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republicans. vice president pence was in the capitol and talking with republicans last week as the shutdown continued and stretch on. but the big problem here is still e democrats a critical here. before republicans controlled all pats of the government. now he has to-- now the president maz to deal wit a-- cratic deal with a demo controlled house and that is where this will be stopped. immigrant activist groups and democrats are saying the president is basically saying here is an offer i will give you that i know you're not rlly going to want. >> sreenivasan: is there a credibility gap here in the negotiation, people trusting whatother party is going t say and actually do? >> i think there is a big credibilitwaissue here. to read to you what one immigrant activist tested me today. he said of president trump, he is not credible, no o believes him or that he wouldn't change his mind tomorrow. two, his proposals are tempory patches the courts have already given us. it's total b.s. to tie the shutdown to immigrant issues.
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we he people saying this prident doesn't really wan immigrants here. some of the immigrants the aresident is talking abou some of the countries the president said were s-hole countries like haiti, nigeria, where people fled their countries from hurricanes and earthquakes to come to america to try t get a better life. and the president saying, hey, i think you're i think that wld all work on this together. and people simply don't believe anm. >> sreenivyamiche alcindor of pbs newshour, our white house correspondent joining us from there todanay, so much. >> thanks. >> sreenivasan: to watch more of president trump's remarks on the humanitarian crisis at thebo.s. er and the government shutdown, visit >> sreenivasan: special counsel robert mueller's office issued a rare statement last night, denying parts of a report in buzzfeed news which statedig inveors have evidence president trump told his former lawyer, michael cohe to lie to congress about a proposed trump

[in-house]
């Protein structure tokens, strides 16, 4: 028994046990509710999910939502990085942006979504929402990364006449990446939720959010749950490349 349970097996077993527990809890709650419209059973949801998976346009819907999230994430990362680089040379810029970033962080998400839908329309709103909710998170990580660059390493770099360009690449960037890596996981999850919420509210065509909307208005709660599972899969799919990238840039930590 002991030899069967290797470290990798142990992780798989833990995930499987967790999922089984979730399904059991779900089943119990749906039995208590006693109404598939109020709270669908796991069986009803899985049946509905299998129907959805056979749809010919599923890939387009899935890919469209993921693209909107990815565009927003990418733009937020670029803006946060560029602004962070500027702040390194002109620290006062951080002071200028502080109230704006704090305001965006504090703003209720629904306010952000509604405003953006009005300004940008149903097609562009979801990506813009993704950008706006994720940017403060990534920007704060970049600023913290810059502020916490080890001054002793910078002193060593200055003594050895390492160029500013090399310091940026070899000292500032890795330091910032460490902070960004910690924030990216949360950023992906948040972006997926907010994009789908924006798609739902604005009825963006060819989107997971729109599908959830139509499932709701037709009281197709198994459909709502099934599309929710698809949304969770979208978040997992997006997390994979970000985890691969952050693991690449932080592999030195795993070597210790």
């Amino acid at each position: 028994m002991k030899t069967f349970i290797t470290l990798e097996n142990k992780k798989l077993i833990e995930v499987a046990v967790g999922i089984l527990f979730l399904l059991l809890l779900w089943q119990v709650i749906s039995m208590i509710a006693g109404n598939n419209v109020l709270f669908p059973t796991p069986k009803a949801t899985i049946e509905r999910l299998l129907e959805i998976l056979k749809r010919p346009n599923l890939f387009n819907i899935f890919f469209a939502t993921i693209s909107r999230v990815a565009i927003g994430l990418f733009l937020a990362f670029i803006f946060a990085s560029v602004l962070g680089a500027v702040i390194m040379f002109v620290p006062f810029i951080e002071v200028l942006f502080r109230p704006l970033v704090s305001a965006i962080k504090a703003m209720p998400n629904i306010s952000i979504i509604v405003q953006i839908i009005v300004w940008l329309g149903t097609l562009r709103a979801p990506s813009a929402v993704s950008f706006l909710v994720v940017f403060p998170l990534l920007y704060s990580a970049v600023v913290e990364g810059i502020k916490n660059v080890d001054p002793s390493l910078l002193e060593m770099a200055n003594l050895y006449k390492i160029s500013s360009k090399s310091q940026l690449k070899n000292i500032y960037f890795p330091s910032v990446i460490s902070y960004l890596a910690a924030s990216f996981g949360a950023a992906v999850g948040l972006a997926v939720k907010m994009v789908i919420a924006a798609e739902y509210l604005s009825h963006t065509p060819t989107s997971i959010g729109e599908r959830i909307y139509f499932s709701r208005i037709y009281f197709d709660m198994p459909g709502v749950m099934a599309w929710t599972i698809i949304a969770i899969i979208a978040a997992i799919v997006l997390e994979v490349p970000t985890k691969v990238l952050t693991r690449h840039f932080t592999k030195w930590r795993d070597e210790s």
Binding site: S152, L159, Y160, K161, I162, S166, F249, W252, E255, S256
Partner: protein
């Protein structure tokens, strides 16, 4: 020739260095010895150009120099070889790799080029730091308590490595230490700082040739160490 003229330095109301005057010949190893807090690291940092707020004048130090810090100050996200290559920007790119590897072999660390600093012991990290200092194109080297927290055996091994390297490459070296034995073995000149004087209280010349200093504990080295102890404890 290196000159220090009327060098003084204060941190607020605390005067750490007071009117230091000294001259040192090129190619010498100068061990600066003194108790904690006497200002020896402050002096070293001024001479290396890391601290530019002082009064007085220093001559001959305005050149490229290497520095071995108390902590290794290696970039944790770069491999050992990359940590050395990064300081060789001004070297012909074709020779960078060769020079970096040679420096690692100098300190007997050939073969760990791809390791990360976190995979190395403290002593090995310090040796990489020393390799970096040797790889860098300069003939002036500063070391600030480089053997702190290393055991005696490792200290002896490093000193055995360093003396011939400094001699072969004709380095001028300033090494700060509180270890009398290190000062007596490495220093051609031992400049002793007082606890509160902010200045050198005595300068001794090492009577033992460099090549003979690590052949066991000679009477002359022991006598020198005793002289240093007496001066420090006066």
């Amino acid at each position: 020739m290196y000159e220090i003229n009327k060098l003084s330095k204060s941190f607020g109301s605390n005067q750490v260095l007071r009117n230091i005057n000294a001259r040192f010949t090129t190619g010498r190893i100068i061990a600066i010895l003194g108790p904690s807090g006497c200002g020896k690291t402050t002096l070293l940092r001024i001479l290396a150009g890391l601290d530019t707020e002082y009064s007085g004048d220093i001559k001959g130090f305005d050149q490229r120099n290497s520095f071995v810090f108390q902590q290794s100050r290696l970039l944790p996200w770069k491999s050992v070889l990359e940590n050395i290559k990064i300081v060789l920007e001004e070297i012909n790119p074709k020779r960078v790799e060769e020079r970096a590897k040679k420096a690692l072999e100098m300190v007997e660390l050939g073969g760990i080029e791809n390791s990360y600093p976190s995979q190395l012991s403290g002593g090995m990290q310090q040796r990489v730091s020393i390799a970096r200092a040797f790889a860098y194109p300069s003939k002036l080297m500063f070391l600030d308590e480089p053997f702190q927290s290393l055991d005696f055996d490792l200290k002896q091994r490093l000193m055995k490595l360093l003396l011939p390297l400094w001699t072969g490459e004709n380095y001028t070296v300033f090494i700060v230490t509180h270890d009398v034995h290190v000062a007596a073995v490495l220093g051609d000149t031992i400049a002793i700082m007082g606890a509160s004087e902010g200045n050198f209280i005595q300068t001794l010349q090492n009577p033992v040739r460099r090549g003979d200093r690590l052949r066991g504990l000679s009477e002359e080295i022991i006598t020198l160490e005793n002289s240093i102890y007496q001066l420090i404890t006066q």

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tower project in moscow. citing two anonymous federal law enforcement sources, buzzfeed also reported that mueller's team "learned about trump's directive for cohen to lie to congress through interviews with multiple witnesses fe trump organization and internal any emails, text message and a cache of other documents"" a spokesman for the special counsel's office said," buzzfeed's description of specific statementto the special counsel's office, and characterization of documents and testimony obtained by this office, regarding michael cohen's congressional testimony are not accurate." in aweet, buzzfeed's editor said, "we stand by our reporting and the soces who informed it, and we urge the special counsel to make clear what he's disputing" in turkey today, republican senator lindsey graham connued to raise concerns about the trump administration's planned withdrawal of u.s. troops from syria. graham met with turkey's president recep tayyip erdogan and other officials yesterday. he told reporters todathat" withdrawal without a plan is chaos," and said "the goal of